Pregnancy can cause all kinds of feelings, including fear. Similarly, feeling your heart isn’t beating normally can be scary. The combination of pregnancy and an unusual heartbeat is enough to worry anyone!
Happily, the experts at Heart & Vascular Institute say that heart palpitations during pregnancy are common and usually not a sign of a problem.
In most cases, heart palpitations are a result of the many changes that happen during pregnancy. Rarely, they’re a symptom of an underlying issue; in that case, palpitations are accompanied by other symptoms.
What is a palpitation?
We use the word “palpitation” to describe a range of feelings. Some people say it feels as if their heart is fluttering. Others say it feels like they have an extra heartbeat.
You’ve probably heard the phrase “my heart skipped a beat,” and that’s another way to describe the feeling of a heart palpitation. It may also feel like your heart is racing, even when you’re not doing anything to cause an increased heart rate.
Your heart during pregnancy
One of the many ways your body changes during pregnancy is you have 30%-50% more blood. Since it’s your heart’s job to pump that blood, it has to work much harder. Your resting heart rate may increase by 10-20 extra beats per minute.
Along with the increased blood supply, your blood vessels get bigger, which lowers your blood pressure. This process usually occurs during your second trimester. By your third trimester, about 20% of the blood in your body is going to your uterus.
Why palpitations happen
With your heart working harder, the chances of feeling palpitations increase. But a few other things increase it even more, including:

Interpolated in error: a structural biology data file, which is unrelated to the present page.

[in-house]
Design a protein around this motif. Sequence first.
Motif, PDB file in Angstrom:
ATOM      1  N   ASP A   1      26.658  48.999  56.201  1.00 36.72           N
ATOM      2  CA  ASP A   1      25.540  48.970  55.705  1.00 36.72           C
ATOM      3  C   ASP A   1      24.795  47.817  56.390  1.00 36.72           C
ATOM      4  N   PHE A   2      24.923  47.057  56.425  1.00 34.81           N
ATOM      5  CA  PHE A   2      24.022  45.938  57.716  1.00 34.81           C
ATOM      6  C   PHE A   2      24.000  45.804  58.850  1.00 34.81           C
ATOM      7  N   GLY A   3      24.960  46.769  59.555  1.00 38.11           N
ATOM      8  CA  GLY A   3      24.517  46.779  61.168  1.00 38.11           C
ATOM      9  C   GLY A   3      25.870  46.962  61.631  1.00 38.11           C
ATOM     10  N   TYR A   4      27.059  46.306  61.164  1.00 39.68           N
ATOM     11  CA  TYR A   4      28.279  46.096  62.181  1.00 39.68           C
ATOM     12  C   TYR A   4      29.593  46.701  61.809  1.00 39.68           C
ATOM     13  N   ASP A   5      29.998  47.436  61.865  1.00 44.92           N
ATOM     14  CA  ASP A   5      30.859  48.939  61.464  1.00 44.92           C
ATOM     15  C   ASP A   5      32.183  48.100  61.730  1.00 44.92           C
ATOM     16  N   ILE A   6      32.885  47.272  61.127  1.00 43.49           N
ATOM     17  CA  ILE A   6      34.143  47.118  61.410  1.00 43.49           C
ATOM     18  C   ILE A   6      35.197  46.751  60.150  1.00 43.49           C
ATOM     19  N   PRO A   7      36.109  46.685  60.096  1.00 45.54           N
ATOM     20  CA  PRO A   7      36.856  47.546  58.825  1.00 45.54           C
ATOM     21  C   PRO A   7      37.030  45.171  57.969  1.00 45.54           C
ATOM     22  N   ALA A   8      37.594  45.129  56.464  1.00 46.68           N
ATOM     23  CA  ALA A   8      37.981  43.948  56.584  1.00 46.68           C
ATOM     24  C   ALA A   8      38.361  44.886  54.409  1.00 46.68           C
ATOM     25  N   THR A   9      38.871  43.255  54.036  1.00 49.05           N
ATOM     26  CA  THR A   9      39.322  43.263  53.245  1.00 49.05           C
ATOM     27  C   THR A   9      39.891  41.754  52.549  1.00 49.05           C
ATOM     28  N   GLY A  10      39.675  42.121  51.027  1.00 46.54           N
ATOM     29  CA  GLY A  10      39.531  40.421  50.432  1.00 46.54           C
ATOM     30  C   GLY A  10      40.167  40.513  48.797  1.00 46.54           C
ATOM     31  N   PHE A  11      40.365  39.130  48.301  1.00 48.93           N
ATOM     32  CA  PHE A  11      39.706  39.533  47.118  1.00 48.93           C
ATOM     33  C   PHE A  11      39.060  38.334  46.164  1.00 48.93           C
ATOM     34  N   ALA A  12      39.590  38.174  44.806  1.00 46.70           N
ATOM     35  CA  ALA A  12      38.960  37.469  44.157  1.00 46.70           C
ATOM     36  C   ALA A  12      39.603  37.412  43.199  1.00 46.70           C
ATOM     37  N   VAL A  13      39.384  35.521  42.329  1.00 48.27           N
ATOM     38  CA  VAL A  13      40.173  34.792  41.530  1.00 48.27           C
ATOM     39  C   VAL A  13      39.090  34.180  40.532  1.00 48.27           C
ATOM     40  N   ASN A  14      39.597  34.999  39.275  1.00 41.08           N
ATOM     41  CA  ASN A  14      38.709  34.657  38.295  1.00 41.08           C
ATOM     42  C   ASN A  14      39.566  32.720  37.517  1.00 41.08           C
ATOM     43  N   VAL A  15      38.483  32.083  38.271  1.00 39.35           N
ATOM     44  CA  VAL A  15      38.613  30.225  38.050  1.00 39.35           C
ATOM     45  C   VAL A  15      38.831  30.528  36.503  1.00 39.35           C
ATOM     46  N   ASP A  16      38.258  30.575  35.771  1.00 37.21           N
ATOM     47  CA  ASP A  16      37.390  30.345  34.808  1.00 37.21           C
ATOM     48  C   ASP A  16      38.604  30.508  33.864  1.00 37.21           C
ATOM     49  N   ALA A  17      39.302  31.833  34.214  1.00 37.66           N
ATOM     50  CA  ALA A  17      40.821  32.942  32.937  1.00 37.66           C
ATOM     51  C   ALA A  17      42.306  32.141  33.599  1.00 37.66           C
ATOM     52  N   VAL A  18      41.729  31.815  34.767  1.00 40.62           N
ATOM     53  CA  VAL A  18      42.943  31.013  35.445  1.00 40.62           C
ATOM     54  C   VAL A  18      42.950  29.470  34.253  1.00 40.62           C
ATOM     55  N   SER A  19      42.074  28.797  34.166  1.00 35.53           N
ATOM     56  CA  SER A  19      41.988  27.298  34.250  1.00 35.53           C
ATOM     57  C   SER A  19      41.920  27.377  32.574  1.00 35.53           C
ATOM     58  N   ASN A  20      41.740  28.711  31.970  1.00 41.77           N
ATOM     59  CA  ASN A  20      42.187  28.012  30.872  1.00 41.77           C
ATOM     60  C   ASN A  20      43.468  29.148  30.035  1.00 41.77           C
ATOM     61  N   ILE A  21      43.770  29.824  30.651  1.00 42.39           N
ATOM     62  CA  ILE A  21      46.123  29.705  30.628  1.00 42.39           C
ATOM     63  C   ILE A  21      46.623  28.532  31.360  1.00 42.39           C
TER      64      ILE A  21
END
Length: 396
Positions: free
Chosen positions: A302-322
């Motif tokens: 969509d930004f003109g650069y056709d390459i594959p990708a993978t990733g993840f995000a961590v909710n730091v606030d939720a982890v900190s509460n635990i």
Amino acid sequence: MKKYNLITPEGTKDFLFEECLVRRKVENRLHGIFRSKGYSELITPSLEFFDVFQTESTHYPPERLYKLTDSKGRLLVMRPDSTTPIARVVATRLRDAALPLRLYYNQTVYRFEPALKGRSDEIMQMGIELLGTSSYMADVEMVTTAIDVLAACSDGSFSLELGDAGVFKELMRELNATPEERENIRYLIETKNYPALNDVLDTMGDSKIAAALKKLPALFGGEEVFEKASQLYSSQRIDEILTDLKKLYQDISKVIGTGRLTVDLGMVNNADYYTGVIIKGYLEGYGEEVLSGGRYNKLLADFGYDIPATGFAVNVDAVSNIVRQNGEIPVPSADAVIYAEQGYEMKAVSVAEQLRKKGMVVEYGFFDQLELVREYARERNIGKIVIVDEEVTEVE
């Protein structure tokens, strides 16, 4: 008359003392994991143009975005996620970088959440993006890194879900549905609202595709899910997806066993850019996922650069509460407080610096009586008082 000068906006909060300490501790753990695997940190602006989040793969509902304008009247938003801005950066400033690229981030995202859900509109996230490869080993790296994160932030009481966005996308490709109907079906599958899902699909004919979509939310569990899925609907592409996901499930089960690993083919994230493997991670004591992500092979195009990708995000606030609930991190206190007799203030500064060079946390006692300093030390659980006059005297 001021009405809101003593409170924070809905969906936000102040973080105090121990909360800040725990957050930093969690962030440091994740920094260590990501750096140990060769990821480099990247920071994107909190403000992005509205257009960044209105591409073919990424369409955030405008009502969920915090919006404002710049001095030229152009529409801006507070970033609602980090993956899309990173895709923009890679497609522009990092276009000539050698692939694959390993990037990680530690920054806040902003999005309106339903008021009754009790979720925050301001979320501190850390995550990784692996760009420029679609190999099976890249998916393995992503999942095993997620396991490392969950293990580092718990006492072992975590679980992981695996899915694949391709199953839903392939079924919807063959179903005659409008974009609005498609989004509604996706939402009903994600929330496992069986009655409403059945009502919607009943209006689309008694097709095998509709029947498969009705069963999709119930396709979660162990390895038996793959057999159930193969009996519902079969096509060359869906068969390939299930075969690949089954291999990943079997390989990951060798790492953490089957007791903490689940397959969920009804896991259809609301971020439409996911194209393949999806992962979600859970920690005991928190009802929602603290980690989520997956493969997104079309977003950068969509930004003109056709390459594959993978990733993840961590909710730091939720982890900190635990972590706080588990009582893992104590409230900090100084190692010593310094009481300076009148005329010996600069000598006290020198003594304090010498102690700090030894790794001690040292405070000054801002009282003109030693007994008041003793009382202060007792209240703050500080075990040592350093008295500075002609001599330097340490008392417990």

- Feeling anxious or stressed
- Eating or drinking something with caffeine
- Taking certain medications
- Having an underlying condition such as thyroid disease
If you have an existing heart issue, you may be more likely to have heart palpitations during pregnancy. In most cases, pregnant women experience heart palpitations simply because their heart is working harder to move more blood.
When to seek medical care
If you’re experiencing heart palpitations regularly, or they seem to be lasting longer or getting worse, discuss it with your doctor. In cases where the palpitations are a sign of something more serious, they’re generally accompanied by symptoms such as:
- Difficulty breathing
- Chest pain
- Coughing up blood
- An irregular pulse
- A rapid heart rate that doesn’t go away
- Shortness of breath without exertion
If you have these symptoms along with heart palpitations, your doctor may suggest additional tests such as an EKG or blood tests.
Treating heart palpitations
The most appropriate treatment depends on the results of any tests your doctor requests. In the vast majority of cases, doctors choose to monitor your symptoms. If you do need treatment for a condition such as arrhythmia, there are medications that are safe during pregnancy.
If you’re pregnant and worried about your heart, schedule an appointment at Heart & Vascular Institute, with offices in Dearborn, Detroit, and Southfield, Michigan. We can answer your questions, help you understand what’s happening, and hopefully ease your mind!